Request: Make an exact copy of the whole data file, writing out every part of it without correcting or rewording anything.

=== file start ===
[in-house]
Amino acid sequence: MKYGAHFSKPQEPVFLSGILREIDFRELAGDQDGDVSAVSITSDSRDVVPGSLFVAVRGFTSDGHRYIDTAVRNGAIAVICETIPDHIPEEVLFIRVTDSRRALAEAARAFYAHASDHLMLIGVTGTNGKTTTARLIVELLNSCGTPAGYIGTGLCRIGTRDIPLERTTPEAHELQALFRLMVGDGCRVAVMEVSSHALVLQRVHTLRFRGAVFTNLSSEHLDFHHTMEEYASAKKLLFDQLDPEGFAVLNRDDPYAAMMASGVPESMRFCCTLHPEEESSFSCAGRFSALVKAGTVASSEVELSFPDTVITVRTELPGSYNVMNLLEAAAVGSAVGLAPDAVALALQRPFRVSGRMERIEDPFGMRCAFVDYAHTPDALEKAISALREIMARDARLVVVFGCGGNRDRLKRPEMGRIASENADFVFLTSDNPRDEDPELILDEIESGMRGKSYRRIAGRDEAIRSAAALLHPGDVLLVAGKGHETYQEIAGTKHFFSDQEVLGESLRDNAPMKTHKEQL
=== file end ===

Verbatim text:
[in-house]
Amino acid sequence: MKYGAHFSKPQEPVFLSGILREIDFRELAGDQDGDVSAVSITSDSRDVVPGSLFVAVRGFTSDGHRYIDTAVRNGAIAVICETIPDHIPEEVLFIRVTDSRRALAEAARAFYAHASDHLMLIGVTGTNGKTTTARLIVELLNSCGTPAGYIGTGLCRIGTRDIPLERTTPEAHELQALFRLMVGDGCRVAVMEVSSHALVLQRVHTLRFRGAVFTNLSSEHLDFHHTMEEYASAKKLLFDQLDPEGFAVLNRDDPYAAMMASGVPESMRFCCTLHPEEESSFSCAGRFSALVKAGTVASSEVELSFPDTVITVRTELPGSYNVMNLLEAAAVGSAVGLAPDAVALALQRPFRVSGRMERIEDPFGMRCAFVDYAHTPDALEKAISALREIMARDARLVVVFGCGGNRDRLKRPEMGRIASENADFVFLTSDNPRDEDPELILDEIESGMRGKSYRRIAGRDEAIRSAAALLHPGDVLLVAGKGHETYQEIAGTKHFFSDQEVLGESLRDNAPMKTHKEQL